Learn how Haines Solar Cookers are making an impact in Oaxaca, Mexico. Sponsored by Solar Household Energy, women from 10 communities have received ~200 solar cookers, including residents of the municipality of Villa de Zaachila, which has about 43,000 inhabitants.
Watch the video to learn more...
The Ambassador-Led Social Enterprise in Oaxaca, Mexico
Solar Household Energy
Download this brochure as a PDF
Haines 2 Solar Cookers in The Gambia
Haines 2 Heats Twice as Fast as Popular “CooKit” solar cooker
At noon on June 30, 2019, we conducted a side-by side test of a Haines 1 and a Haines 2 Solar Cooker along with two popular “CooKit” solar cookers. The four cookers were set up on a single piece of cardboard in the shade. The sun was about 80 degrees directly overhead. The sky was clear and there was an occasional breeze. The ambient temperature was around 86 F. (30 C.) throughout the test (as shown by the bold line at the bottom of the graph below).
The pots in each cooker were identical 4 ½ liter stainless steel Haines Dutch ovens with glass lids. Each pot had one liter of water taken from a common bucket. The two Haines cookers and one CooKit used a Haines cooking sleeve and circular cover. [Note: the cover did not fit the CooKit very well.] The other CooKit enclosed the pot in it recommended plastic cooking bag, on a 1-inch-high wooden trivet. Both CooKits were set for high sun, with the front flap up as high as it would go. The Haines 2 was set for high sun (red snaps). The Haines 1 was not adjusted in any way.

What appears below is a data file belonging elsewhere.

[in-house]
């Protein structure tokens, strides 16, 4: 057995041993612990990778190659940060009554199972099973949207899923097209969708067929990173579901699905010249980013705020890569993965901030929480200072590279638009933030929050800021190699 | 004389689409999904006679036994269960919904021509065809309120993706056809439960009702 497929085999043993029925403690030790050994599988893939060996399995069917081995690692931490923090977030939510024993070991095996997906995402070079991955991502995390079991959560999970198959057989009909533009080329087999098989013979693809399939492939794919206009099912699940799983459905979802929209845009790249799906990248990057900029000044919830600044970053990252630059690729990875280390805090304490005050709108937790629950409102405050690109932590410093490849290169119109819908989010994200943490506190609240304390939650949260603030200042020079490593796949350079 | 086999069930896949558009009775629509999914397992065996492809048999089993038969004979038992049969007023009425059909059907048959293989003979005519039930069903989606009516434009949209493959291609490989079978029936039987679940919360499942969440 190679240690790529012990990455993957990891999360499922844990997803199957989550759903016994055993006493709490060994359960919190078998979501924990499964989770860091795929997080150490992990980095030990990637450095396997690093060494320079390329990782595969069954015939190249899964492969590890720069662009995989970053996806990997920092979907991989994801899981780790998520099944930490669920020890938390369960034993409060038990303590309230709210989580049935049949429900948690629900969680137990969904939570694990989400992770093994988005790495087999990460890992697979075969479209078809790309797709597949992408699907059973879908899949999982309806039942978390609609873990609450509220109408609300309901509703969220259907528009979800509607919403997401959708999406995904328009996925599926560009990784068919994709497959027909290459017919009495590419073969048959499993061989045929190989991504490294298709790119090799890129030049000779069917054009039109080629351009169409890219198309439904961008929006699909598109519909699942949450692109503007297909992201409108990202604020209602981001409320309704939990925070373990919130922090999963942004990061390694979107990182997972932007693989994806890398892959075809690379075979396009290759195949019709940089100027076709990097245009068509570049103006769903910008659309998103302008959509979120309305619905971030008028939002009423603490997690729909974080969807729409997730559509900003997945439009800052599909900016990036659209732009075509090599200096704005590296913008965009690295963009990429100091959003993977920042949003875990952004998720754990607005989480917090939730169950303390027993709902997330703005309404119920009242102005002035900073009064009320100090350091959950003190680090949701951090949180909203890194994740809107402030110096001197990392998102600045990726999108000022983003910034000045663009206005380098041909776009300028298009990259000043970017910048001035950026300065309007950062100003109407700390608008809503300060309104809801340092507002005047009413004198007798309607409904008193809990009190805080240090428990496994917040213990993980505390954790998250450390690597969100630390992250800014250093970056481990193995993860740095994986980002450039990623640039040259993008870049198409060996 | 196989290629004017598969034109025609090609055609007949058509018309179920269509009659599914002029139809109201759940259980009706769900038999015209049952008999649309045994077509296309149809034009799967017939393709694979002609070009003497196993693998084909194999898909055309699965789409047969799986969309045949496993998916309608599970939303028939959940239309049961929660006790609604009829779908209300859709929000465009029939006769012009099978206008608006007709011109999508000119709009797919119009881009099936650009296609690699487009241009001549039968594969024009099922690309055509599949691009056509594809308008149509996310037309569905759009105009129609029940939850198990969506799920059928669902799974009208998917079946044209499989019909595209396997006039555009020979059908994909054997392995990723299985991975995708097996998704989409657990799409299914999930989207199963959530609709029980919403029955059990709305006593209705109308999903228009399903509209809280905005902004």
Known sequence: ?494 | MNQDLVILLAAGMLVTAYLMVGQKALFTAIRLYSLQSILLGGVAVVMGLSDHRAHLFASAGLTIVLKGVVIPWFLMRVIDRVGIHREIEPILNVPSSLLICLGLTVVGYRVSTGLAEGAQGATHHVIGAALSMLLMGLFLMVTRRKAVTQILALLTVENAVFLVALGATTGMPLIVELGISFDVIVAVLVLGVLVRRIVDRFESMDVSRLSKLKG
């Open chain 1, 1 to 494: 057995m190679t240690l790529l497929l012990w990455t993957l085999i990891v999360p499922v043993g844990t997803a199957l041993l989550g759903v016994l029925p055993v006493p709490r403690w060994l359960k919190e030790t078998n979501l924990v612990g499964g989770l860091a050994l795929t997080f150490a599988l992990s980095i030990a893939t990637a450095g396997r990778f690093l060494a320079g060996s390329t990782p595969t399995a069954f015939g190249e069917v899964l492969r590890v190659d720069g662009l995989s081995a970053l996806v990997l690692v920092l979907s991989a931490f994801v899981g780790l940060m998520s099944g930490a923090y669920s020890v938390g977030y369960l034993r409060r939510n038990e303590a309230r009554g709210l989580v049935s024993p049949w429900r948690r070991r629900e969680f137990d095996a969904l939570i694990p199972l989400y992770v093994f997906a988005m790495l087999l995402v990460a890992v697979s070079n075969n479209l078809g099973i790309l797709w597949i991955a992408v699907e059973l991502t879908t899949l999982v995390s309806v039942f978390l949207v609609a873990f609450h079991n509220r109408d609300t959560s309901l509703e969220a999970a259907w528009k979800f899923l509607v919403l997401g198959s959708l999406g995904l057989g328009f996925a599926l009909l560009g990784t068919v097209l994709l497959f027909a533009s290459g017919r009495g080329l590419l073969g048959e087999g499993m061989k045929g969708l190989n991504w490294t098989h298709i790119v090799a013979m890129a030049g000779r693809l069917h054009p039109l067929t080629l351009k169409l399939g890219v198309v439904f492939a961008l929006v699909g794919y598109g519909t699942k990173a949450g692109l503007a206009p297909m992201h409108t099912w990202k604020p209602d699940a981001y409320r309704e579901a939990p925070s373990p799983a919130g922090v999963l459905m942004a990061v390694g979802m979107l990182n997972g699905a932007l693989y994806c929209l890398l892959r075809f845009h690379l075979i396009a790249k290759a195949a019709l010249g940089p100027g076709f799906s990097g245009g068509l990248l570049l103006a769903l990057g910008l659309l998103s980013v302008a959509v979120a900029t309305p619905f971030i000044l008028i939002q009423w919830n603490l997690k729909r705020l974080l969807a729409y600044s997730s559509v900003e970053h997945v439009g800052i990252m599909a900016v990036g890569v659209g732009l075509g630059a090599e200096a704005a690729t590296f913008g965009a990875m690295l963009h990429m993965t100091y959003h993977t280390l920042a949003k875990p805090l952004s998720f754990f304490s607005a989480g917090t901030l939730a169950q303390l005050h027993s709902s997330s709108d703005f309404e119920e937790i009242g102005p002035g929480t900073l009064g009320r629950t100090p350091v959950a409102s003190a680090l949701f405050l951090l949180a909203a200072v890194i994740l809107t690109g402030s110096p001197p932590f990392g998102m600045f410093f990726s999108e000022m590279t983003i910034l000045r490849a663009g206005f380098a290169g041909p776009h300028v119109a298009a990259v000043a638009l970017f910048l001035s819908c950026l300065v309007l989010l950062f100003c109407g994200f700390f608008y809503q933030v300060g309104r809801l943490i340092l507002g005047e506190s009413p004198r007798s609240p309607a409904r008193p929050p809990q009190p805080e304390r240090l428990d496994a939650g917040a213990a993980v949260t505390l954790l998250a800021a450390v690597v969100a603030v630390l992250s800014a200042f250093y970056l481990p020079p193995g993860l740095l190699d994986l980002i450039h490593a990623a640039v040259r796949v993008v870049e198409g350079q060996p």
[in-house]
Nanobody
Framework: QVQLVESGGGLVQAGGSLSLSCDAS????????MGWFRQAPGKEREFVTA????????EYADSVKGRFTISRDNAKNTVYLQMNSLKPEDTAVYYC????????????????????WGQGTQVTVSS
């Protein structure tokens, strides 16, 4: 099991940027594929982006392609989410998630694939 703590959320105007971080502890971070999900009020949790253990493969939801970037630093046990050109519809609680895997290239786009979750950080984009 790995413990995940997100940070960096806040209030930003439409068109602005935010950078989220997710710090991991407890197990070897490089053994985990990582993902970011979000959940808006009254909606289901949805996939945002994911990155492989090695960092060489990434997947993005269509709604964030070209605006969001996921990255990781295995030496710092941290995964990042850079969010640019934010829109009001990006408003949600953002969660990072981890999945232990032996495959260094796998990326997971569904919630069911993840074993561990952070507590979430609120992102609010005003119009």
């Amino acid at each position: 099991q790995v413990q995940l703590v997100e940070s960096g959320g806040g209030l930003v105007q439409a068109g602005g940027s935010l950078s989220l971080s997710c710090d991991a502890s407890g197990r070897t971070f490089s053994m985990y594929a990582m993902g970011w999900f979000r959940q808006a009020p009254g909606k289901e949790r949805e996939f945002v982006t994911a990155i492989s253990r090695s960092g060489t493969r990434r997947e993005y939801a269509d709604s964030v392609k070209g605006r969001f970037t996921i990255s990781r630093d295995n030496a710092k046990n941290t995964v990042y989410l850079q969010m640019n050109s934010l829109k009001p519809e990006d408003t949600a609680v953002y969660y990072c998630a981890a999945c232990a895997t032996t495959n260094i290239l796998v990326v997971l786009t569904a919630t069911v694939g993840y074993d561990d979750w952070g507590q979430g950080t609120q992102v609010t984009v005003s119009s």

A thermocouple wire was inserted through the steam vent in each glass lid, into the water. The wires were connected to a HOBO Onset 4-channel thermocouple logger. The logger was started at 12:21 p.m., and the cardboard with the four cookers on it was pulled into the sun.
Observations: As shown on the graph below, the Haines 2 boiled the water in 48 minutes, followed by the Haines 1 in 65 minutes, the CooKit with the Haines cooking sleeve and circular cover in 86 minutes, and the CooKit with the plastic bag in 100 minutes. The cardboard was turned four times during the test, to follow the sun. We noted that below 40C., the CooKit withthe circular cover heated more slowly than the Cooker withoutthe circular cover. But above 40 C. the CooKit with the cover heated faster—apparently because the cover retained more heat than it blocked at temperatures above 40 C. This confirms earlier tests that showed similar results. Thus it appears that the performance of the CooKit can be improved by replacing the plastic bag with a Haines Cooking sleeve and circular cover. However, even with these improvements, the CooKit took 21 minutes longer than the Haines 1 to boil the water.